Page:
Resurrecting mammoth evolutionary dead ends
Opinion:The film Jurassic Park featured dinosaurs cloned from DNA recovered from insects preserved in prehistoric amber. The scientific and technical capacity to do this remains a long way off, but, in the meantime, powerful biotechnological techniques are being applied to study the physiology of extinct animals.
Kevin Campbell and Michael Hofreiter (Scientific American, August 2012) describe their brilliant research into how the physiology of woolly mammoths helped them survive during the ice age.
Woolly mammoths are extinct cousins of today’s Asian elephants. Woolly mammoths’ ancestors originated in sub-tropical Africa and migrated to Siberia less than 2 million years ago, at the beginning of the Pleistocene ice ages. The main problem these animals encountered in Africa was avoiding overheating, but when they moved north and the world froze they had to develop the capacity to conserve and manage heat.
Traditionally, extinct animals are studied by examining their fossilized bones and teeth. This allows the reconstruction of animal size, shape, configuration of musculature and some indication of the nature of the diet. Such studies tell us little or nothing of the physiological processes that sustained these animals, but modern biotechnology is now successfully attacking this problem.
The unit of biological organization is the cell. Every cell is controlled by instructions encoded in its genetic DNA. DNA is a very long molecule made of four different units called nucleotides strung along its length. The nucleotides are denoted by the four letters A, T, G and C, and the genetic instructions are encoded in the linear sequence of these letters.
Most of the work of the cell is carried out by proteins. There are thousands of different proteins. A protein is a long molecule made of units called amino acids strung along its length. There are 20 different types of amino acids and the types and sequence of amino acids in a protein determine the nature and the function of the protein.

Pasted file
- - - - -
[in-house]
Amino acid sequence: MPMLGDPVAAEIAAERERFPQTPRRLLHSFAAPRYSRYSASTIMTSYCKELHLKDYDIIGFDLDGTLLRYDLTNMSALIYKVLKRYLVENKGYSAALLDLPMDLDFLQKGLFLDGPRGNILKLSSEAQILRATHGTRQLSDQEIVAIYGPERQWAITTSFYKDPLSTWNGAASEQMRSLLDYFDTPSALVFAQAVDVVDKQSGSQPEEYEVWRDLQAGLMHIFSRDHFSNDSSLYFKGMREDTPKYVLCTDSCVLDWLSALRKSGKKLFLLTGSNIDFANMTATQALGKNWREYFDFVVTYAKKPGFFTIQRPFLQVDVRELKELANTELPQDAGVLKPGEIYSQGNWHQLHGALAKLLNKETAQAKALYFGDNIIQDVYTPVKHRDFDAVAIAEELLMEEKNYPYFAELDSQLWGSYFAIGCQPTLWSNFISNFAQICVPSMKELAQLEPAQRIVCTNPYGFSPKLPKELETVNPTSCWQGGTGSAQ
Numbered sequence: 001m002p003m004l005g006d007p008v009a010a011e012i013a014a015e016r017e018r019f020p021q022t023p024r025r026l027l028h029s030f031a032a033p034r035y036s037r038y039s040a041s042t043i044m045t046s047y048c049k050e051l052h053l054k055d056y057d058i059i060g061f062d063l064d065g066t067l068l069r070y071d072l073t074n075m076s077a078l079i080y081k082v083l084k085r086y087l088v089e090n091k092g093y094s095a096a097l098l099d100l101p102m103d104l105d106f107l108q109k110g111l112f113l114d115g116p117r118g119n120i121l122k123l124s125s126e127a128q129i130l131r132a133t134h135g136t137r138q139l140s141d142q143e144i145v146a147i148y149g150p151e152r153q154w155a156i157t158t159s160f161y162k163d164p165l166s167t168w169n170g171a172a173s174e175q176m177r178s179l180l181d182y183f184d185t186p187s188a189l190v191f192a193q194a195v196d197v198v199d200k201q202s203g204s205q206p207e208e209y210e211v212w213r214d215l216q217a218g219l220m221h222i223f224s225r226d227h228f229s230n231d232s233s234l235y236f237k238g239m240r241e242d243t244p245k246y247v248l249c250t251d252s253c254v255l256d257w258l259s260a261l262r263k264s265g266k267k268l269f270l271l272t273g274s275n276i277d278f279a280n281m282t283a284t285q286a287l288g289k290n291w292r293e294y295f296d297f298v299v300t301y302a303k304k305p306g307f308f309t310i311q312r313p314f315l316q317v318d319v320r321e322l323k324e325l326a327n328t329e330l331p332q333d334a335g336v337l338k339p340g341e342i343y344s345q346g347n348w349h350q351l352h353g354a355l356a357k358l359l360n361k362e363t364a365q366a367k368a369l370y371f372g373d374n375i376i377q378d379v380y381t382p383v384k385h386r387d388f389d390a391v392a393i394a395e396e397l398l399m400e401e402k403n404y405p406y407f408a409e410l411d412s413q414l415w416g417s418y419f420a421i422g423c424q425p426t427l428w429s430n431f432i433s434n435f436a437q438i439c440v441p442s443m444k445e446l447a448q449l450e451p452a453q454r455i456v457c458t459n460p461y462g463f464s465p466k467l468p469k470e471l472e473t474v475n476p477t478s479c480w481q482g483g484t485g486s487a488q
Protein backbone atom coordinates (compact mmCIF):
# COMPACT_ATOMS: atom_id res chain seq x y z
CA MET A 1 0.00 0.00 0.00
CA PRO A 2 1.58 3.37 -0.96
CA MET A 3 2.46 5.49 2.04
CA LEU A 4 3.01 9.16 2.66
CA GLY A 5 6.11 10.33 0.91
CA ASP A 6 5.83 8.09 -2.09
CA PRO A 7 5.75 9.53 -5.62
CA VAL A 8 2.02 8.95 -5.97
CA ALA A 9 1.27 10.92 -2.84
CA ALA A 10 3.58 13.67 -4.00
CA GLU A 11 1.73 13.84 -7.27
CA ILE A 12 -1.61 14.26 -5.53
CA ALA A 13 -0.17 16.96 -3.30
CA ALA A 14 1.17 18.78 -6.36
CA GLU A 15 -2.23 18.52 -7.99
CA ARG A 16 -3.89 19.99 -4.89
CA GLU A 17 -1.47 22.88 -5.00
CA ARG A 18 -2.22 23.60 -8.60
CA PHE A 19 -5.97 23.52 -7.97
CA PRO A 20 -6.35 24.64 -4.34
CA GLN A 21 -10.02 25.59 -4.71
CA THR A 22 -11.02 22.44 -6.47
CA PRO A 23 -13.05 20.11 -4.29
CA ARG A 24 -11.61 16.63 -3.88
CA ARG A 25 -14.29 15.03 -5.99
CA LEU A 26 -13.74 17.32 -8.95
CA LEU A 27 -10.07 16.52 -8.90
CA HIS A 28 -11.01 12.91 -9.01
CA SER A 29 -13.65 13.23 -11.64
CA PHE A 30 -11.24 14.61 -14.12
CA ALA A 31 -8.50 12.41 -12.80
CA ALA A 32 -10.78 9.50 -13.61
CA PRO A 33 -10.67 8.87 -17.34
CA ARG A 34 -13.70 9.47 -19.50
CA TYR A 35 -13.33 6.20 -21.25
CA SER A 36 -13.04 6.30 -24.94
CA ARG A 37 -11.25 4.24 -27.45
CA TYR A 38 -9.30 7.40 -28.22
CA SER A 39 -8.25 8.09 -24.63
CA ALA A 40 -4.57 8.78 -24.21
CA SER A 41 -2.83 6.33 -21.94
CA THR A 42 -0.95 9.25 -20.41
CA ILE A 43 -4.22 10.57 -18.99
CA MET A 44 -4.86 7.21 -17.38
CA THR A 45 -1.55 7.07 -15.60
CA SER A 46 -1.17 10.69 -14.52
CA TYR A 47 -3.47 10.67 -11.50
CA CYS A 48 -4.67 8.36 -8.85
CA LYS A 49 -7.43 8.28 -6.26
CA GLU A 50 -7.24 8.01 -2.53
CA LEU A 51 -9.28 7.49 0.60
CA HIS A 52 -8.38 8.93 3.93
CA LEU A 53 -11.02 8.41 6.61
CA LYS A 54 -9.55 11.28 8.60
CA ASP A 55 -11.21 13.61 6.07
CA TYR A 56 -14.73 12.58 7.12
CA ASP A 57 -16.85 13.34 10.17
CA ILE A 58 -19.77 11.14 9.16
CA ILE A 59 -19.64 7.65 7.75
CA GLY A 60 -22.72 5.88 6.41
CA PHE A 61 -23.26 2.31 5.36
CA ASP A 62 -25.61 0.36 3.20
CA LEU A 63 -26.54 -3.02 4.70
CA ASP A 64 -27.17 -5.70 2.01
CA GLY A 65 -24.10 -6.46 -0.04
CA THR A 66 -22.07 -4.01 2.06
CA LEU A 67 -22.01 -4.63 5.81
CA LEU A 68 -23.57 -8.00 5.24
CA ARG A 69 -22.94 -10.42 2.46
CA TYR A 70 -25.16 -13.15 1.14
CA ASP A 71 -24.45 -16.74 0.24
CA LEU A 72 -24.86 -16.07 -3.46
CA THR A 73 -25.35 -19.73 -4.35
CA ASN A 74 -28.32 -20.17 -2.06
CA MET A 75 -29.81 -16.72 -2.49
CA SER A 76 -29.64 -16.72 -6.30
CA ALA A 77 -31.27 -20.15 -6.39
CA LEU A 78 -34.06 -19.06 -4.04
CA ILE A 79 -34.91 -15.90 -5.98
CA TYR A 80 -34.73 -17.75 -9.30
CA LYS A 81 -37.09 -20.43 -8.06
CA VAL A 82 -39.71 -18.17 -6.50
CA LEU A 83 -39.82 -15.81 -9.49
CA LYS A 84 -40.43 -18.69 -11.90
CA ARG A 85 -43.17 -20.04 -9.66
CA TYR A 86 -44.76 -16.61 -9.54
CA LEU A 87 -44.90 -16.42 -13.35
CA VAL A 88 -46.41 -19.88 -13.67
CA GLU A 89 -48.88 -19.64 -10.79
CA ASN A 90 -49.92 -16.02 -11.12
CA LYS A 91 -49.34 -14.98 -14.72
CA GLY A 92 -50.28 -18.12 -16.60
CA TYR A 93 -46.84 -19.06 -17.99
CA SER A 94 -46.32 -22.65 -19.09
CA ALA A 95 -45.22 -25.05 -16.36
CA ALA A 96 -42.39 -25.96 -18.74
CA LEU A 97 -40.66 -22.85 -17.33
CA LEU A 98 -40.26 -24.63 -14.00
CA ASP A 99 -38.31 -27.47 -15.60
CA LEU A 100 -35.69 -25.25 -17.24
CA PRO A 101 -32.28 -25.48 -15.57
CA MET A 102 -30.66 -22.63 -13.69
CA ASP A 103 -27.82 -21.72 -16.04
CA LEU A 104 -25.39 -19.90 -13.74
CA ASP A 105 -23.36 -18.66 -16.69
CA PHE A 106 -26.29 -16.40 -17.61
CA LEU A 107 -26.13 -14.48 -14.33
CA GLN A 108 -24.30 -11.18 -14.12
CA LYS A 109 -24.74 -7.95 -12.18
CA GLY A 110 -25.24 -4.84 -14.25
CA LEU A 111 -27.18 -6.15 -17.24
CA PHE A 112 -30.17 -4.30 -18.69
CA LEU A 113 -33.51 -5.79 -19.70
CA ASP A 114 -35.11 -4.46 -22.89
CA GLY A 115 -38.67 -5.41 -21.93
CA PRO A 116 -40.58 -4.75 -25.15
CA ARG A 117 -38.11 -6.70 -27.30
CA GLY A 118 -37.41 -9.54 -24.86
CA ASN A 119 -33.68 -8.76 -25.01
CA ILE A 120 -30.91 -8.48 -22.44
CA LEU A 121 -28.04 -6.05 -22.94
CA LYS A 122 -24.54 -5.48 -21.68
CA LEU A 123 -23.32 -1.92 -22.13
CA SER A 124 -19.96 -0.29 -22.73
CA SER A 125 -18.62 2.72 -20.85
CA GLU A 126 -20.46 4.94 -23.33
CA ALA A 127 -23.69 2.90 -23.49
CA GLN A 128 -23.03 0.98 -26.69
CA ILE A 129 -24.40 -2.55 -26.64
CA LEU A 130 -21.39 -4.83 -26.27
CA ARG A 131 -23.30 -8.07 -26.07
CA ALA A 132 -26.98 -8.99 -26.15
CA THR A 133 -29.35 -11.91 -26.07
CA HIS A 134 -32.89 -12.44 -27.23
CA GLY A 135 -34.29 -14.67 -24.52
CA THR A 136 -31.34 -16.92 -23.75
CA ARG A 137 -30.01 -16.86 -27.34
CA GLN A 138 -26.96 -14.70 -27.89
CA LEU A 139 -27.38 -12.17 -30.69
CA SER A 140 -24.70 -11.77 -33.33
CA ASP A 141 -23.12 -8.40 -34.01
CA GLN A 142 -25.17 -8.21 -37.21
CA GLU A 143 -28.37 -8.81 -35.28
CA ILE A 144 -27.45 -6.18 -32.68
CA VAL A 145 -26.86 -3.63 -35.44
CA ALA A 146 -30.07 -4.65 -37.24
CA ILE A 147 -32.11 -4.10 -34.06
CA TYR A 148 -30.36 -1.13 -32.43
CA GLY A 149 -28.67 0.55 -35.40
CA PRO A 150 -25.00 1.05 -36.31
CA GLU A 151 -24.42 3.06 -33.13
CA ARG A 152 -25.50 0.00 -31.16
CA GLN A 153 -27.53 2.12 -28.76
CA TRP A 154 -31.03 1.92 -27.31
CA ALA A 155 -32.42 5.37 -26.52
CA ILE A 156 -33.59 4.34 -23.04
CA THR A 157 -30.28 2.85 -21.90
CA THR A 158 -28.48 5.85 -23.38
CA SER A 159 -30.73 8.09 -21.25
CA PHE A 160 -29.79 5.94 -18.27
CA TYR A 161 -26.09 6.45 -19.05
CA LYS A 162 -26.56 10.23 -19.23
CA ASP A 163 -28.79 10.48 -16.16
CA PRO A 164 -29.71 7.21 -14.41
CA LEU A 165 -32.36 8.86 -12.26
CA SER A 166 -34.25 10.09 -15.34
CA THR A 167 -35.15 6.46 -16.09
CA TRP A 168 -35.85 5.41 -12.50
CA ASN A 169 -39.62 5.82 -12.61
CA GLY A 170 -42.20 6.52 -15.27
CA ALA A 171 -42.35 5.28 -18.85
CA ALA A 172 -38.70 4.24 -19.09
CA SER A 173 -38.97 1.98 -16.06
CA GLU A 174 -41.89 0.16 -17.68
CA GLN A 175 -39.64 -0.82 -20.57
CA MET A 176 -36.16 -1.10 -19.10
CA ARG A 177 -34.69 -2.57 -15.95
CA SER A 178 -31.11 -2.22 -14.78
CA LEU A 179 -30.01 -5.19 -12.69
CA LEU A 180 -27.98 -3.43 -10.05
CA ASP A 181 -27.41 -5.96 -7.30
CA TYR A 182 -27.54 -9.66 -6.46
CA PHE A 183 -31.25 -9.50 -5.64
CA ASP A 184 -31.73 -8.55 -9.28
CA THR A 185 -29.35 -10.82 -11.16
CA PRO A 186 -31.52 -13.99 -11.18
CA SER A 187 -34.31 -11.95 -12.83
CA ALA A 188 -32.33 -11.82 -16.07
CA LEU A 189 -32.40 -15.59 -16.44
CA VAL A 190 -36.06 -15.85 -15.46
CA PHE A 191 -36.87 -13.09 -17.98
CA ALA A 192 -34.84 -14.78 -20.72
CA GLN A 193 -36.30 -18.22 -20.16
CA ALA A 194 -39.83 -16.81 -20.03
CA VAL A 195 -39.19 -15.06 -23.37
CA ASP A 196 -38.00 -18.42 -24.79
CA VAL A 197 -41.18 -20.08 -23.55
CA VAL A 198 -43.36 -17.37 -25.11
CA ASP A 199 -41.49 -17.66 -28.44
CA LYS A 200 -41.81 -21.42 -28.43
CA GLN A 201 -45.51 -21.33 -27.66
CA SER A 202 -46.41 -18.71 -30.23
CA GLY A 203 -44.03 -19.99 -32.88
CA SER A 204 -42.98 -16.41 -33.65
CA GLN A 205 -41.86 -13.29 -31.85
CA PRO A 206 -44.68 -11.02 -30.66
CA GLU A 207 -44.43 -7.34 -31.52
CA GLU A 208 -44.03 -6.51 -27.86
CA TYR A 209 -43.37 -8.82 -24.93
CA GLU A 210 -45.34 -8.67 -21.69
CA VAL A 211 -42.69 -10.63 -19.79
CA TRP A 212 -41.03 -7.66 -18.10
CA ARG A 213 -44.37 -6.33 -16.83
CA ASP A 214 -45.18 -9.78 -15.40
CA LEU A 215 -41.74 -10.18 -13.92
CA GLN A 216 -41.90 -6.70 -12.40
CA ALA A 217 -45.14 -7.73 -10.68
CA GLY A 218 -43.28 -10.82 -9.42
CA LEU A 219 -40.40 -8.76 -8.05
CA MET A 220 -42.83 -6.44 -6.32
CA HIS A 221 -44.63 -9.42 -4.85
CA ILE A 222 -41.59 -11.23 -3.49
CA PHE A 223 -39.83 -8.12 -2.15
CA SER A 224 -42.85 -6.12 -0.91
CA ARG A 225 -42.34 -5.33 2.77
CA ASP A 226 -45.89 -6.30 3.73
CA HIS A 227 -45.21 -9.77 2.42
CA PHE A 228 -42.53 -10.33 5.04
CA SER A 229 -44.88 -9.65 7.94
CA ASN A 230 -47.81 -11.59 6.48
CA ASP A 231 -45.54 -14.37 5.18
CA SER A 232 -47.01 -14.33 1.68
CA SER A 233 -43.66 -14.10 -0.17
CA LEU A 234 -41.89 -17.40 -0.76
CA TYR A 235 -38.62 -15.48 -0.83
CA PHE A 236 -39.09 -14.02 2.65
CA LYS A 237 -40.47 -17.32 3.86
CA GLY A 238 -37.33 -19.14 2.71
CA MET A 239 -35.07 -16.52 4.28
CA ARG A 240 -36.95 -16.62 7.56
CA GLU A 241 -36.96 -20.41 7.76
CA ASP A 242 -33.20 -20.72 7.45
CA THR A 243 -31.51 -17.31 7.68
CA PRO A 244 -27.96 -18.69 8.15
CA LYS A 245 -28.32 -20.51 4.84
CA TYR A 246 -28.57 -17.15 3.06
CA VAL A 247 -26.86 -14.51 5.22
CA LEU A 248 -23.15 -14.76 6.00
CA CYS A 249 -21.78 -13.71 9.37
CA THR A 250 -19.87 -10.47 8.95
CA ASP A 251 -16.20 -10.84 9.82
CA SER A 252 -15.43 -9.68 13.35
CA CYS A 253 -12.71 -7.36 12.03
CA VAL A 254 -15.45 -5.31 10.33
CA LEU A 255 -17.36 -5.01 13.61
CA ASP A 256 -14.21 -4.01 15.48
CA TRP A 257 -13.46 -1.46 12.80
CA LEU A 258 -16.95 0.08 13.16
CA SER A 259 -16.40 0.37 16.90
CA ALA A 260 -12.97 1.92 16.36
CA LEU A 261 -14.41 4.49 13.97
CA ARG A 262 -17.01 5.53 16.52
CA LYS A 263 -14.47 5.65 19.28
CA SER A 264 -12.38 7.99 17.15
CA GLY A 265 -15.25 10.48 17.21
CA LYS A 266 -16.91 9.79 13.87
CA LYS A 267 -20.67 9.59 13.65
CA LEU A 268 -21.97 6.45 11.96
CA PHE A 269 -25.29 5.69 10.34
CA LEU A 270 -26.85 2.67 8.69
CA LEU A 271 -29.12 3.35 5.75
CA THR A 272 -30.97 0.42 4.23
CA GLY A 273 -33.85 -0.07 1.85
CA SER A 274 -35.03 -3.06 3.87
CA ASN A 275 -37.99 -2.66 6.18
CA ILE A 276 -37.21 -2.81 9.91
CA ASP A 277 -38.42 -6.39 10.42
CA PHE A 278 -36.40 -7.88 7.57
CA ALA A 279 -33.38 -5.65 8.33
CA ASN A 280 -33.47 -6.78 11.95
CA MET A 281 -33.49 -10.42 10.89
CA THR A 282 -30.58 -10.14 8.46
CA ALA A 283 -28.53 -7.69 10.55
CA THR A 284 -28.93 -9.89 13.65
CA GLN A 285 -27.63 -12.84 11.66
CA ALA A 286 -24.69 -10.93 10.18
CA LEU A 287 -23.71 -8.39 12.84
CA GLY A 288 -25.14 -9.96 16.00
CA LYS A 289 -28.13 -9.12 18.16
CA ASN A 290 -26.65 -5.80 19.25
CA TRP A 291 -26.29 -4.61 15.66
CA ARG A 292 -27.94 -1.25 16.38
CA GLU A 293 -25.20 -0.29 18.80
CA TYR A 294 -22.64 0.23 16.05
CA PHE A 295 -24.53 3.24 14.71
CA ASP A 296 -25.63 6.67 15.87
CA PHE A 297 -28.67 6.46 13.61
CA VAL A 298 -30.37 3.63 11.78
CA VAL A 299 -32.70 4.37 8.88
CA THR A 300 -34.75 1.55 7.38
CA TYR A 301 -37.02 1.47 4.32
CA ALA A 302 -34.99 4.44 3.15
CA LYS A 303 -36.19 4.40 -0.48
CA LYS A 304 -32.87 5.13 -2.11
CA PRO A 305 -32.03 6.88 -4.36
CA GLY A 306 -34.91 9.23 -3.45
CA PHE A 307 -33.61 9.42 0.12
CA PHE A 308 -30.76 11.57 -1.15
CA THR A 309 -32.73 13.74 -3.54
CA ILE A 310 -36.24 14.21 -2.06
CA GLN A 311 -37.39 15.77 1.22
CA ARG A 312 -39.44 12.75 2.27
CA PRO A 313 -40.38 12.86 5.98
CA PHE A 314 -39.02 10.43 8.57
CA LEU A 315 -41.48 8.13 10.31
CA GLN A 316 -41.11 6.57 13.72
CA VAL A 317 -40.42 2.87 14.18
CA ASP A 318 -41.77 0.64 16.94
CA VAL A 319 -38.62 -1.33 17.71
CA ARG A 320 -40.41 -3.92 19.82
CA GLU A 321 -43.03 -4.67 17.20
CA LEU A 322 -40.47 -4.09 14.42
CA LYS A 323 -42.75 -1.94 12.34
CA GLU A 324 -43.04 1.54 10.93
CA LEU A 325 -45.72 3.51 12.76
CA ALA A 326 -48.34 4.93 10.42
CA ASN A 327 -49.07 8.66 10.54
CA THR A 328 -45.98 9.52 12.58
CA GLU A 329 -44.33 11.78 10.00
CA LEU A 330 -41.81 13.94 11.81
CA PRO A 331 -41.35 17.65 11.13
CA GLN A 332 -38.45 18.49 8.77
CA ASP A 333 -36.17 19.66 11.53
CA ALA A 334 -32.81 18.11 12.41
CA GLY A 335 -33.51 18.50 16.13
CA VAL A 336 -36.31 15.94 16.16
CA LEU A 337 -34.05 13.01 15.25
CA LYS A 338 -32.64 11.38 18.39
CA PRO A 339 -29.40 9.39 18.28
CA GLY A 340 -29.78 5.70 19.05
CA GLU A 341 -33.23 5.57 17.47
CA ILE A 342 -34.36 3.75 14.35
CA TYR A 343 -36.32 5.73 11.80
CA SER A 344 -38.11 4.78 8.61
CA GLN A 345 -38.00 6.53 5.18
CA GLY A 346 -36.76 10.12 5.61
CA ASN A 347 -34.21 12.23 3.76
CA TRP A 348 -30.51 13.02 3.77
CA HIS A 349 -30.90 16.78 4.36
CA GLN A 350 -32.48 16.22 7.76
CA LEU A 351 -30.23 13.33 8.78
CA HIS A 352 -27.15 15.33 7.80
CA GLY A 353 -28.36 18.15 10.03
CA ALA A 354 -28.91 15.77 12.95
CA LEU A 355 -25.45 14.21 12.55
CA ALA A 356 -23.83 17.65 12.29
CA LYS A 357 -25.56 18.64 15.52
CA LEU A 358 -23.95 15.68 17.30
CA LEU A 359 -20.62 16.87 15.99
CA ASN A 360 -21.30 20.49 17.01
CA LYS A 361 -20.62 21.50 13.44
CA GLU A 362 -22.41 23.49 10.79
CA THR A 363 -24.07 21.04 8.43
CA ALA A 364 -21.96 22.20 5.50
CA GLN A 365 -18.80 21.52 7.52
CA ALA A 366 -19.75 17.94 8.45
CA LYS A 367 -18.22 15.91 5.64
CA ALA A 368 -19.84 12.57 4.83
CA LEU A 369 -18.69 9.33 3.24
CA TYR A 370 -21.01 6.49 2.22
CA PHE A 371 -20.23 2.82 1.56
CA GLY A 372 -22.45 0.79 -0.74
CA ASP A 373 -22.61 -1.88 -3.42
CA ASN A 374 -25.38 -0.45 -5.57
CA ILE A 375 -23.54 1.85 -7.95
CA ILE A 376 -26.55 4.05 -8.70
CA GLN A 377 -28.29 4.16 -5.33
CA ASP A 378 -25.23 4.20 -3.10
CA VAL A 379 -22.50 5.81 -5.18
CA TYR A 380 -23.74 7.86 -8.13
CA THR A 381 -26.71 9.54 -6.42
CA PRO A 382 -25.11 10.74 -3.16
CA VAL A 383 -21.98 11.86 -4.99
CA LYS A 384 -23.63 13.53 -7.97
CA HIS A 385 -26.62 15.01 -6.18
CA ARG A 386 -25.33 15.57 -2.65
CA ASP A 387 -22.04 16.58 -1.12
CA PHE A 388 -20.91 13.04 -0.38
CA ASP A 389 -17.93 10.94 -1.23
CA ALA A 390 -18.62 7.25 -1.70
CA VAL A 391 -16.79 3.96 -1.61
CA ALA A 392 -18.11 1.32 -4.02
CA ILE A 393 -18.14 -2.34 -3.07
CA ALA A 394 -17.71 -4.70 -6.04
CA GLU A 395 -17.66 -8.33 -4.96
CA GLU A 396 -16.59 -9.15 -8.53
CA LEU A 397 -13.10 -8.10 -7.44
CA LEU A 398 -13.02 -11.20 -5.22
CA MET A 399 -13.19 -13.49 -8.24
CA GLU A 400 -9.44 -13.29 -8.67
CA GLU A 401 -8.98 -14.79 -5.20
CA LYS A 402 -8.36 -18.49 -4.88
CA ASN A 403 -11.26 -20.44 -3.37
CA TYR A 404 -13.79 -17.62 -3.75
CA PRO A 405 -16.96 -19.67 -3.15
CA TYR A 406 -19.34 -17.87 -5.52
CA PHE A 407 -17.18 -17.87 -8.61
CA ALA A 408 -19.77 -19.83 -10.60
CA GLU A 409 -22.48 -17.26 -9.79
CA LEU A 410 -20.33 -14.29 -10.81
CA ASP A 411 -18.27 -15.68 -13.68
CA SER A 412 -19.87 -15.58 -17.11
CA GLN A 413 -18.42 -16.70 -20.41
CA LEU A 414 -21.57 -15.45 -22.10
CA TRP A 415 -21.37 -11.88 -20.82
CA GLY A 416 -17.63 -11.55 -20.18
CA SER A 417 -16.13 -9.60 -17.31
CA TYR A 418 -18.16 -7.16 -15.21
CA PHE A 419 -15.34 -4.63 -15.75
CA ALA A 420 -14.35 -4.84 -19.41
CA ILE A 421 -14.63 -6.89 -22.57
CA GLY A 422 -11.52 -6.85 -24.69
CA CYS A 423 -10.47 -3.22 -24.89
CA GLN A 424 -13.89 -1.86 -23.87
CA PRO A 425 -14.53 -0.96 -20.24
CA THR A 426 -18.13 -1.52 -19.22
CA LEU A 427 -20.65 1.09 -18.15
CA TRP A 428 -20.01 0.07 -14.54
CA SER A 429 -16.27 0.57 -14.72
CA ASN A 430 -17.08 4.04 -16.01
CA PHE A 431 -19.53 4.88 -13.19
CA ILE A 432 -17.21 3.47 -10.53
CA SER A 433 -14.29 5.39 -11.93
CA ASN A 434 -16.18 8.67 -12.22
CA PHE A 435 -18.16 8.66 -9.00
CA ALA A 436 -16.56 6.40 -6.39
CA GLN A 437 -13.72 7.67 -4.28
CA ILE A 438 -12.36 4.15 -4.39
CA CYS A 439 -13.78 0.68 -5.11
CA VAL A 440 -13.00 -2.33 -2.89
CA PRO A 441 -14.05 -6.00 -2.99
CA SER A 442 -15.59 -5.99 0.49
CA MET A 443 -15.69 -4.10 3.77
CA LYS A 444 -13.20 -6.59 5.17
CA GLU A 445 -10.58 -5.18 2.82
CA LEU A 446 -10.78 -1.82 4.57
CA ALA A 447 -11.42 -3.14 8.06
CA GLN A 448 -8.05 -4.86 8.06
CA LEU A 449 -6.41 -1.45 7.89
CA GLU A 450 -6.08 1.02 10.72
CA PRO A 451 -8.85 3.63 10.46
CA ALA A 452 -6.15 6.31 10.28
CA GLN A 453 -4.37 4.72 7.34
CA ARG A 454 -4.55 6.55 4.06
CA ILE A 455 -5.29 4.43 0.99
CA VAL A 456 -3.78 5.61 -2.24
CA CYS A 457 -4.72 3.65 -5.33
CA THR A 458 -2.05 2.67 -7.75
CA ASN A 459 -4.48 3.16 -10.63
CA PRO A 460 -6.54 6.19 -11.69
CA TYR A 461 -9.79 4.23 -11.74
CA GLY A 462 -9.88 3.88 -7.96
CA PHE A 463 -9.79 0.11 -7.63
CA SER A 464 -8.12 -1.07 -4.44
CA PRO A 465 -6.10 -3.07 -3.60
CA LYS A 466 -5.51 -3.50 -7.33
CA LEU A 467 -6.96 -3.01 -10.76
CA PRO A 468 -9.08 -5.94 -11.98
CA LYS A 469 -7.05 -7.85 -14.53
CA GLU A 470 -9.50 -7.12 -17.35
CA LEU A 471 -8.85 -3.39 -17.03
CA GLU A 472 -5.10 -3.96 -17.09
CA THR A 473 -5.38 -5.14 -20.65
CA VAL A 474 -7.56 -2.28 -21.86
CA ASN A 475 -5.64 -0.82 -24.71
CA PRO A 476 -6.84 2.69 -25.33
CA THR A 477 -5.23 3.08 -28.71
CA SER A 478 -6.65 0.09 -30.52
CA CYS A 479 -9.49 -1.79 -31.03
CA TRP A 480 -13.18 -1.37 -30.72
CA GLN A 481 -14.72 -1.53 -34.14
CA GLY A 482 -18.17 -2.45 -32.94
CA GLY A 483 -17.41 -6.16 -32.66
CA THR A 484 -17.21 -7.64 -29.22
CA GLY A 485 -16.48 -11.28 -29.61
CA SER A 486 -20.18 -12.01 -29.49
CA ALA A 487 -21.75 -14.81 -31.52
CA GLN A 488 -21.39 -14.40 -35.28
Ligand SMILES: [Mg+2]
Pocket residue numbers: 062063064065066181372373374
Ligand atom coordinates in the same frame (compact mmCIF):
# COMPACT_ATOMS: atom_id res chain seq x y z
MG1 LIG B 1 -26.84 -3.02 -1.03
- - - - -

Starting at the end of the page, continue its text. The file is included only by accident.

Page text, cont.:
The genetic DNA controls the cell by specifying what proteins are made. The linear information encoded in DNA is translated into the linear sequence of amino acids in a protein. The amount of DNA code necessary to code for a protein is called a gene.
DNA from extinct animals can be recovered, with difficulty, from fossilized remains and the nucleotide sequence of genes for critically important proteins from extinct animals can be worked out. This information is compared with the corresponding gene from the modern successor of the extinct animal. If the gene sequences are identical, then the protein products are identical. If they are different, then the extinct animal made a different protein to the modern animal and this different protein probably underpinned a different physiological regime.
If the extinct gene is different, you can modify a sample of the modern gene in the laboratory to make it match the extinct gene. The extinct gene is then incorporated into the DNA of a bacterium which is grown in culture to produce the protein product of the extinct gene. This “extinct” protein can now be studied in the laboratory to see how it behaves compared to its modern counterpart. This is how biotechnological techniques are being used to study the physiology of extinct animals.
Animals generate energy by oxidizing (“burning”) food in their cells. The necessary oxygen is taken from the air and carried through the bloodstream to the cells, bound to the protein haemoglobin. The haemoglobin releases the oxygen when it reaches the tissue cells. This release of oxygen requires energy input and its efficiency declines greatly as temperatures drop. Consequently modern animals that live in very cold environments have evolved mechanisms to help haemoglobin release its oxygen in tissues. Using the methods described earlier, Campbell and Hofreiter made woolly mammoth haemoglobin, which differs from modern elephant haemoglobin, and tested its oxygen releasing characteristics. They found that the mammoth haemoglobin releases its oxygen much more efficiently at low temperature compared with modern elephant haemoglobin. The woolly mammoth had evolved a variety of haemoglobin capable of coping with very cold conditions as part of a strategy for surviving the ice age. Future research will elucidate further details .